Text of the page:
Former Northern Ireland manager Billy Bingham dies aged 90
Bingham guided Northern Ireland to the World Cup finals on two occasions in 1982 and again in 1986
Former Northern Ireland international and manager Billy Bingham has died aged 90, his family announced on Friday.
Bingham twice guided Northern Ireland to the World Cup finals, first in 1982, when they famously beat hosts Spain, and again in 1986.
In a statement, Bingham’s son David said: “Dad was diagnosed with dementia back in 2006 and I think it is a tribute to his will that he managed another 16 years from that diagnosis to the time he passed away.
“He passed away peacefully last night at 10.30pm in a care home in Southport.
“We are very proud of all our dad achieved.”
Born in East Belfast, Bingham, an outside right, was capped 56 times. He came through the ranks of Glentoran before joining Sunderland in 1950 and going on to have spells with Luton, Everton, whom he later also managed, and Port Vale.
Bingham had been part of the Northern Ireland side which reached the quarter-finals of the 1958 World Cup only to lose to France.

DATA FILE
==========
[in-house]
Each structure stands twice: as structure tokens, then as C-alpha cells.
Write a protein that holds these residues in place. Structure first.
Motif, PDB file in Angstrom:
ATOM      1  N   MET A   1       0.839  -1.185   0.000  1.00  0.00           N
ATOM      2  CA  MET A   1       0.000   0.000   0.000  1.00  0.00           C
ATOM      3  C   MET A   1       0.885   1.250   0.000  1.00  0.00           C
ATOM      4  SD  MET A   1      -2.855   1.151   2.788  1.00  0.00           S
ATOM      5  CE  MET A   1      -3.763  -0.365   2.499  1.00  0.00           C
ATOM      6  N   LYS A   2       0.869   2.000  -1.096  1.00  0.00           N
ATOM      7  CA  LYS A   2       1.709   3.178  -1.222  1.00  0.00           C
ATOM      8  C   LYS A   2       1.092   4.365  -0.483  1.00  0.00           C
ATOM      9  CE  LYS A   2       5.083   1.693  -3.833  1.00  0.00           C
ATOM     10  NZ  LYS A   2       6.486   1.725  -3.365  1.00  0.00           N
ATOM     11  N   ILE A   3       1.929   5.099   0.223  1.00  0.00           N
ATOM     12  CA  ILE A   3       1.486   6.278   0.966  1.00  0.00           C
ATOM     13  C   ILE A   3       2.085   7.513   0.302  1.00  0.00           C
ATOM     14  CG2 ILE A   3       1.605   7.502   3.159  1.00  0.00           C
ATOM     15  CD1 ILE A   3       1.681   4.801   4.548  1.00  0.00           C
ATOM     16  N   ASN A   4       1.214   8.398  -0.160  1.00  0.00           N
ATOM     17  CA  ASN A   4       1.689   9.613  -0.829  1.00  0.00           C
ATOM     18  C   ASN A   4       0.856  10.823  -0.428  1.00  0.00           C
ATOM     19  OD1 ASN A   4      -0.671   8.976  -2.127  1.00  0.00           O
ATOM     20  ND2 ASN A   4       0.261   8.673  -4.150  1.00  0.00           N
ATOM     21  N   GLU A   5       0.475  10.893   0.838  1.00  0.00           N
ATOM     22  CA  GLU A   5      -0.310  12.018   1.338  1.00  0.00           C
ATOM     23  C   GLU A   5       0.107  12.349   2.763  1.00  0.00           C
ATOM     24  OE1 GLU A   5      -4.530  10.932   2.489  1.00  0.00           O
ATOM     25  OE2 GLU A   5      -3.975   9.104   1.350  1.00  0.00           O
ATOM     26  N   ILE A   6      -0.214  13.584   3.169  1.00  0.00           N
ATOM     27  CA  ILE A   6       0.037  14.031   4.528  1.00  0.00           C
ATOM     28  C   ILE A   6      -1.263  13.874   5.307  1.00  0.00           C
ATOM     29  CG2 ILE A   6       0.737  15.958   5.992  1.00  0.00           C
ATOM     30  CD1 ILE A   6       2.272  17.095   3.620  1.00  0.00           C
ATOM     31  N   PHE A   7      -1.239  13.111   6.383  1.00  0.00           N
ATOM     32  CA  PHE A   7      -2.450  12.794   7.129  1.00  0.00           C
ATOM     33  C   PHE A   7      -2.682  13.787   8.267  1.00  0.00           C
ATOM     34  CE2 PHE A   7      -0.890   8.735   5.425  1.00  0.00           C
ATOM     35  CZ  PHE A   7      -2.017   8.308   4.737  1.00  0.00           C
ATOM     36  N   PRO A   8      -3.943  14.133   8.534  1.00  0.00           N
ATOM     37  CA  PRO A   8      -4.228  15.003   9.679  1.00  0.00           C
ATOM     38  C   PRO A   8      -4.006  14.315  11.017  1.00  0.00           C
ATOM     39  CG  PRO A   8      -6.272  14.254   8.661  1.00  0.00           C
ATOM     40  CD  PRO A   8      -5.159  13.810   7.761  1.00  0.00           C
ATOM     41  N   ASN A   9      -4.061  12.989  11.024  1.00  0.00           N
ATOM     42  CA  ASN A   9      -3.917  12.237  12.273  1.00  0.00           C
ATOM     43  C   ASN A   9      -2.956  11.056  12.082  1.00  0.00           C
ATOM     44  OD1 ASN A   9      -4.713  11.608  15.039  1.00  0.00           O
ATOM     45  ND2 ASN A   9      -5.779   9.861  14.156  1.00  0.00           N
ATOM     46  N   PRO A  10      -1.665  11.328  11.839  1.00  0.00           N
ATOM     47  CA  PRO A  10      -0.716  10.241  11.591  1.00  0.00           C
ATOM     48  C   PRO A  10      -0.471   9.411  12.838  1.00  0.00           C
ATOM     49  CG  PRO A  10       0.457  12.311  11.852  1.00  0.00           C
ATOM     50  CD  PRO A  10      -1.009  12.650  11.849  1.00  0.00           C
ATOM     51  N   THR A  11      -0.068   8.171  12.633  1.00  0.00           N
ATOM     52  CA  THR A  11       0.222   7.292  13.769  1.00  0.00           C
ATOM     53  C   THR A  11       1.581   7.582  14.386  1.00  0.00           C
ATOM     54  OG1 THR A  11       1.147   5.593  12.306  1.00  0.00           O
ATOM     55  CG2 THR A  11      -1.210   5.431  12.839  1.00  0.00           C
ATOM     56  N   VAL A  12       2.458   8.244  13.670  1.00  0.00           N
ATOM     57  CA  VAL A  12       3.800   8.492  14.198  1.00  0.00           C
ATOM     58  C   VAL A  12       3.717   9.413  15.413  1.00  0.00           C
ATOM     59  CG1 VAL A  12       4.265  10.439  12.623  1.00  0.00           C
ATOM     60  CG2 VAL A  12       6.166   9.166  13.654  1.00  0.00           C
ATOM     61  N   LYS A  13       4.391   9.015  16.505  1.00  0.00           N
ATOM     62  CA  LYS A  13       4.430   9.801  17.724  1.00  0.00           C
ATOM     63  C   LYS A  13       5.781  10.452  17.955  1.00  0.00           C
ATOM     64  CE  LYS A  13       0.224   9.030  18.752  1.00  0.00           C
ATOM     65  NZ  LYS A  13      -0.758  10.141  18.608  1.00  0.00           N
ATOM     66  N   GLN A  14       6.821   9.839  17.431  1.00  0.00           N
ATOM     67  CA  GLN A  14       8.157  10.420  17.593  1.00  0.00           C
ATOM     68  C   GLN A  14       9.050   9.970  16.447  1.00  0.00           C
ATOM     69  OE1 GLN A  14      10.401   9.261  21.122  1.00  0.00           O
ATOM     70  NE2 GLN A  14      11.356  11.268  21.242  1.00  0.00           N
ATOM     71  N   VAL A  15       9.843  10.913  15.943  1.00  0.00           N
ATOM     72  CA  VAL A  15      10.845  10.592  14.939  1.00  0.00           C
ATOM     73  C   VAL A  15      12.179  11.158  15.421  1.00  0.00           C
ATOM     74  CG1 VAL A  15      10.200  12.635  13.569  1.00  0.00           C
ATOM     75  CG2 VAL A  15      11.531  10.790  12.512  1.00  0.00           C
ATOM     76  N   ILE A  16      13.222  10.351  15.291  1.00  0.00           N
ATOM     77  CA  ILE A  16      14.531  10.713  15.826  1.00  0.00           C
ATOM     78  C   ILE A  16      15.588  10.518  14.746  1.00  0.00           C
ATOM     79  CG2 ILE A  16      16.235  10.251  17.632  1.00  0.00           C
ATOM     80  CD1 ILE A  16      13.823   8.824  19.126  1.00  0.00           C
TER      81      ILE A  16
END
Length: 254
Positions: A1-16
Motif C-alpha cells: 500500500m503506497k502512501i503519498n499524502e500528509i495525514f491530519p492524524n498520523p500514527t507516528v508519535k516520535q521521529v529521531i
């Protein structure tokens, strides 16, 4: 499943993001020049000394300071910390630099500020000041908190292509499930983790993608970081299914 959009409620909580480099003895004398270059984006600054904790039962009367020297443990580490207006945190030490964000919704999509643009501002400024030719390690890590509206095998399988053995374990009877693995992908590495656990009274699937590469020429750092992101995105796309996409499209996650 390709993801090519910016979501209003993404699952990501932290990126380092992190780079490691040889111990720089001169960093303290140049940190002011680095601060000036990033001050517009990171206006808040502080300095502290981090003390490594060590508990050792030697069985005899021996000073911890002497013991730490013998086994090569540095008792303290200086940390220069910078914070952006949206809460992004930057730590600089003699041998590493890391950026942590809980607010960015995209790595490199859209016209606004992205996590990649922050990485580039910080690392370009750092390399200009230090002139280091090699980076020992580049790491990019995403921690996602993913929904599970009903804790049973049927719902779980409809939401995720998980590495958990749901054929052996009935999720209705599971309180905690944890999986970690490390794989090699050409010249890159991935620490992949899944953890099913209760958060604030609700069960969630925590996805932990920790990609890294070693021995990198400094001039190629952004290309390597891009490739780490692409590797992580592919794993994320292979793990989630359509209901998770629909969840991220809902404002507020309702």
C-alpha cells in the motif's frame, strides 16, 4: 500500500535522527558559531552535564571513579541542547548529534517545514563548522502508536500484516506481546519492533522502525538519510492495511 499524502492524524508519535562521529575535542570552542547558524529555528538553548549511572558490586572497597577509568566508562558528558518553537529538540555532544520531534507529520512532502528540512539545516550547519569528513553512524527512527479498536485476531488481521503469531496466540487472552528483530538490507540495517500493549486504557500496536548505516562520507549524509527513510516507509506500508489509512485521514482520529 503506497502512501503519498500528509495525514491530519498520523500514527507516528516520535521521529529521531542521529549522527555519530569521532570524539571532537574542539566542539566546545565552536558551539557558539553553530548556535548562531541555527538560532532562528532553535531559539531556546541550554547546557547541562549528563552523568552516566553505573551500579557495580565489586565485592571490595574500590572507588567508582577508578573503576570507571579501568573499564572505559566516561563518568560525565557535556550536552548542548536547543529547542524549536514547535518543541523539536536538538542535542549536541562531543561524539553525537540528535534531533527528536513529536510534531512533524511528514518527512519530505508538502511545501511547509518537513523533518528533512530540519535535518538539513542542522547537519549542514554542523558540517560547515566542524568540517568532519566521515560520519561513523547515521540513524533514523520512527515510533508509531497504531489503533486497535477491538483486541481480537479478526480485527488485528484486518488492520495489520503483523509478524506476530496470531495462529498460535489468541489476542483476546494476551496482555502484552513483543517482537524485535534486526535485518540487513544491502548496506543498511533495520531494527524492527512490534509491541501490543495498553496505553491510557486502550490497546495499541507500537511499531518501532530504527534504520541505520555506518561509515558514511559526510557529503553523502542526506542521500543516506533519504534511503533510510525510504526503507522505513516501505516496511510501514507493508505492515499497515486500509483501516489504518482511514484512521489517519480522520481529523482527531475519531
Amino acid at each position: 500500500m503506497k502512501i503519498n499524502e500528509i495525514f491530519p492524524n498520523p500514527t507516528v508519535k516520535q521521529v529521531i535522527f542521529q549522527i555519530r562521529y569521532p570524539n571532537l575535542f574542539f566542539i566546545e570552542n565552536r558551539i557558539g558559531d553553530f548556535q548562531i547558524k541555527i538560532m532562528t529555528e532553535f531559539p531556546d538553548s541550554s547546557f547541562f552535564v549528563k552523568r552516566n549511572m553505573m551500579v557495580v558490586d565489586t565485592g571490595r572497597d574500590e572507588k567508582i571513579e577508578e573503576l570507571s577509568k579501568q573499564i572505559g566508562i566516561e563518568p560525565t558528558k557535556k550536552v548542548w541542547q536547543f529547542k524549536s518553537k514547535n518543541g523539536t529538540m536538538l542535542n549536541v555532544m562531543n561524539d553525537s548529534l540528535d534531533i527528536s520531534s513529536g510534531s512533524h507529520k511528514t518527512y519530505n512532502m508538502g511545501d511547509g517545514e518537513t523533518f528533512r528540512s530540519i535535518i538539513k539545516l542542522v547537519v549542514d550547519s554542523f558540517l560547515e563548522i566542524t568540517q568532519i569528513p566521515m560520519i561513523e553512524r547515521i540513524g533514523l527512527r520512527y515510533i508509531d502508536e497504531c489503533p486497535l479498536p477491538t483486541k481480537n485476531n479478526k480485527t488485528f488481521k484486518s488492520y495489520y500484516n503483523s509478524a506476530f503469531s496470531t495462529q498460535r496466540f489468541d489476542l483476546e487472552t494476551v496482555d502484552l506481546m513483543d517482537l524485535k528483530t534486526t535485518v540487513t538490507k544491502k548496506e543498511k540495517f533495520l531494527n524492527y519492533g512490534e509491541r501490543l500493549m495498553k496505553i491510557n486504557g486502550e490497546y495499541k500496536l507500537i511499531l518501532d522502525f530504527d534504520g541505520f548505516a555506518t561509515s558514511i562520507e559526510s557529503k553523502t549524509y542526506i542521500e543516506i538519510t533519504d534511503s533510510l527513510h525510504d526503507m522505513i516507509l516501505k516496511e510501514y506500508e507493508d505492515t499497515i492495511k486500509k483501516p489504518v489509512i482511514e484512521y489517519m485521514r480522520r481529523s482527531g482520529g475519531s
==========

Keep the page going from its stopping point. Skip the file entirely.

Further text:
It was Bingham’s goal which secured Luton victory in the 1959 FA Cup semi-final over then Third Division Norwich to reach Wembley, where they lost to Nottingham Forest.
He won the 1962–63 First Division title with Everton prior to moving into management, which included roles when he was also in charge of the Northern Ireland national team as well as a spell with Greece.
Bingham’s second stint as manager of his country began in 1980.
He went on to appoint future Republic of Ireland boss Martin O’Neill as his captain, the first Catholic to have the honour bestowed on him during the Troubles; he received threatening letters as a result.
The 1980 British Championship success was Northern Ireland’s first in 66 years and was followed by a memorable World Cup campaign and a 1-0 victory over Spain at the Mestalla in Valencia.
Bingham, made an MBE for services to football in 1981, left the Northern Ireland job in 1993 and later worked as director of football at Blackpool.